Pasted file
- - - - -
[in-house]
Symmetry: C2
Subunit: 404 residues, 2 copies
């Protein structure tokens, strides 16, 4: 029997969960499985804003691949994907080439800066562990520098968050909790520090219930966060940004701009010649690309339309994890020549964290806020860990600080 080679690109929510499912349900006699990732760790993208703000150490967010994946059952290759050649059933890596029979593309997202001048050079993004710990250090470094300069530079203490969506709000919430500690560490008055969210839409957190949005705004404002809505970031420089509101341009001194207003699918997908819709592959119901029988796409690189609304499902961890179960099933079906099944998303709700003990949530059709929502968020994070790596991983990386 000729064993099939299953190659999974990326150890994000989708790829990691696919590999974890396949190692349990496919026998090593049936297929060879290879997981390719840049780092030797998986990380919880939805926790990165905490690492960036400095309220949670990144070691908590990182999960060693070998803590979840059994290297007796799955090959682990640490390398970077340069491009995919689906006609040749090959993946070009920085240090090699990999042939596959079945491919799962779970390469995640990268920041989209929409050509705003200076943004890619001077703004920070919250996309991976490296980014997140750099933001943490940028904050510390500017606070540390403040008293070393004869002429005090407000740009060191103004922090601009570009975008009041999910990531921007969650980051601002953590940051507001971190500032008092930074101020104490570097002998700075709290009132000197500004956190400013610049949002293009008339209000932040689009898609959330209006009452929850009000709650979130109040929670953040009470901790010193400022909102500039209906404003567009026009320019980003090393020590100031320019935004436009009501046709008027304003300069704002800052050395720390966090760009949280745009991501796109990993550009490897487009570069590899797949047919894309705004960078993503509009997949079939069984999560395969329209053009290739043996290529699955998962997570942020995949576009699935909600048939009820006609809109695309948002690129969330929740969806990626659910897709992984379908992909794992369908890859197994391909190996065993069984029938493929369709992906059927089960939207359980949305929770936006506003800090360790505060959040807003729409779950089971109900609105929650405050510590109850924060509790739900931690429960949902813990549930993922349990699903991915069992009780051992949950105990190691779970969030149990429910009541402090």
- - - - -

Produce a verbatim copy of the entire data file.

[in-house]
Symmetry: C2
Subunit: 404 residues, 2 copies
């Protein structure tokens, strides 16, 4: 029997969960499985804003691949994907080439800066562990520098968050909790520090219930966060940004701009010649690309339309994890020549964290806020860990600080 080679690109929510499912349900006699990732760790993208703000150490967010994946059952290759050649059933890596029979593309997202001048050079993004710990250090470094300069530079203490969506709000919430500690560490008055969210839409957190949005705004404002809505970031420089509101341009001194207003699918997908819709592959119901029988796409690189609304499902961890179960099933079906099944998303709700003990949530059709929502968020994070790596991983990386 000729064993099939299953190659999974990326150890994000989708790829990691696919590999974890396949190692349990496919026998090593049936297929060879290879997981390719840049780092030797998986990380919880939805926790990165905490690492960036400095309220949670990144070691908590990182999960060693070998803590979840059994290297007796799955090959682990640490390398970077340069491009995919689906006609040749090959993946070009920085240090090699990999042939596959079945491919799962779970390469995640990268920041989209929409050509705003200076943004890619001077703004920070919250996309991976490296980014997140750099933001943490940028904050510390500017606070540390403040008293070393004869002429005090407000740009060191103004922090601009570009975008009041999910990531921007969650980051601002953590940051507001971190500032008092930074101020104490570097002998700075709290009132000197500004956190400013610049949002293009008339209000932040689009898609959330209006009452929850009000709650979130109040929670953040009470901790010193400022909102500039209906404003567009026009320019980003090393020590100031320019935004436009009501046709008027304003300069704002800052050395720390966090760009949280745009991501796109990993550009490897487009570069590899797949047919894309705004960078993503509009997949079939069984999560395969329209053009290739043996290529699955998962997570942020995949576009699935909600048939009820006609809109695309948002690129969330929740969806990626659910897709992984379908992909794992369908890859197994391909190996065993069984029938493929369709992906059927089960939207359980949305929770936006506003800090360790505060959040807003729409779950089971109900609105929650405050510590109850924060509790739900931690429960949902813990549930993922349990699903991915069992009780051992949950105990190691779970969030149990429910009541402090």